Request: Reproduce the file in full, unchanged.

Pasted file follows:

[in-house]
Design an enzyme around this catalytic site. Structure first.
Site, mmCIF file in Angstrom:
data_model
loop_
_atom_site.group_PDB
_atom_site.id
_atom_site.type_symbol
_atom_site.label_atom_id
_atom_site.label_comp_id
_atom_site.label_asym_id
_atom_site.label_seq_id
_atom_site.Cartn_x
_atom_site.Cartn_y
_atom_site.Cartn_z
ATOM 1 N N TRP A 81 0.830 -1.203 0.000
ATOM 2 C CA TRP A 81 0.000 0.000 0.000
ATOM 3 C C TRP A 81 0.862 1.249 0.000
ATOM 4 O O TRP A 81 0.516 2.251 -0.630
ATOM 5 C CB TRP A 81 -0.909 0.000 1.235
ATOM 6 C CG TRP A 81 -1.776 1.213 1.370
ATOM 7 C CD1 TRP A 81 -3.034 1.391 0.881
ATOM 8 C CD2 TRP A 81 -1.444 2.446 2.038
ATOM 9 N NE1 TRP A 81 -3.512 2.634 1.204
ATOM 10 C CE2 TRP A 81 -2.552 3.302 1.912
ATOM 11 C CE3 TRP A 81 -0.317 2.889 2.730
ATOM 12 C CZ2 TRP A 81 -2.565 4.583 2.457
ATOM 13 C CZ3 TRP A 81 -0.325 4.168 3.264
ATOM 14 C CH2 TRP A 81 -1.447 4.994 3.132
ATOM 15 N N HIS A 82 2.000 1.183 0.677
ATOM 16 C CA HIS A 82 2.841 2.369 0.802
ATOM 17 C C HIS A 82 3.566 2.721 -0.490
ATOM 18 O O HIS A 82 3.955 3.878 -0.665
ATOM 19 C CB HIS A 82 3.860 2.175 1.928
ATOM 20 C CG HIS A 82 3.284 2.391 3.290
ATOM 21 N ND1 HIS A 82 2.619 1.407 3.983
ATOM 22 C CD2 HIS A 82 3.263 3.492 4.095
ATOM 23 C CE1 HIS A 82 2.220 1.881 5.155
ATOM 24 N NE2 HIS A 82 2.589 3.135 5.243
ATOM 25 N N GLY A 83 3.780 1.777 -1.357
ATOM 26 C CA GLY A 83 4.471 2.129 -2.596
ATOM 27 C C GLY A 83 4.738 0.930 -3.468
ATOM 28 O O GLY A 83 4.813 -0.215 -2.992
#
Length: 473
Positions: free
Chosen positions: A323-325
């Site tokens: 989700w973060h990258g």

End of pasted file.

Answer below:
[in-house]
Design an enzyme around this catalytic site. Structure first.
Site, mmCIF file in Angstrom:
data_model
loop_
_atom_site.group_PDB
_atom_site.id
_atom_site.type_symbol
_atom_site.label_atom_id
_atom_site.label_comp_id
_atom_site.label_asym_id
_atom_site.label_seq_id
_atom_site.Cartn_x
_atom_site.Cartn_y
_atom_site.Cartn_z
ATOM 1 N N TRP A 81 0.830 -1.203 0.000
ATOM 2 C CA TRP A 81 0.000 0.000 0.000
ATOM 3 C C TRP A 81 0.862 1.249 0.000
ATOM 4 O O TRP A 81 0.516 2.251 -0.630
ATOM 5 C CB TRP A 81 -0.909 0.000 1.235
ATOM 6 C CG TRP A 81 -1.776 1.213 1.370
ATOM 7 C CD1 TRP A 81 -3.034 1.391 0.881
ATOM 8 C CD2 TRP A 81 -1.444 2.446 2.038
ATOM 9 N NE1 TRP A 81 -3.512 2.634 1.204
ATOM 10 C CE2 TRP A 81 -2.552 3.302 1.912
ATOM 11 C CE3 TRP A 81 -0.317 2.889 2.730
ATOM 12 C CZ2 TRP A 81 -2.565 4.583 2.457
ATOM 13 C CZ3 TRP A 81 -0.325 4.168 3.264
ATOM 14 C CH2 TRP A 81 -1.447 4.994 3.132
ATOM 15 N N HIS A 82 2.000 1.183 0.677
ATOM 16 C CA HIS A 82 2.841 2.369 0.802
ATOM 17 C C HIS A 82 3.566 2.721 -0.490
ATOM 18 O O HIS A 82 3.955 3.878 -0.665
ATOM 19 C CB HIS A 82 3.860 2.175 1.928
ATOM 20 C CG HIS A 82 3.284 2.391 3.290
ATOM 21 N ND1 HIS A 82 2.619 1.407 3.983
ATOM 22 C CD2 HIS A 82 3.263 3.492 4.095
ATOM 23 C CE1 HIS A 82 2.220 1.881 5.155
ATOM 24 N NE2 HIS A 82 2.589 3.135 5.243
ATOM 25 N N GLY A 83 3.780 1.777 -1.357
ATOM 26 C CA GLY A 83 4.471 2.129 -2.596
ATOM 27 C C GLY A 83 4.738 0.930 -3.468
ATOM 28 O O GLY A 83 4.813 -0.215 -2.992
#
Length: 473
Positions: free
Chosen positions: A323-325
């Site tokens: 989700w973060h990258g």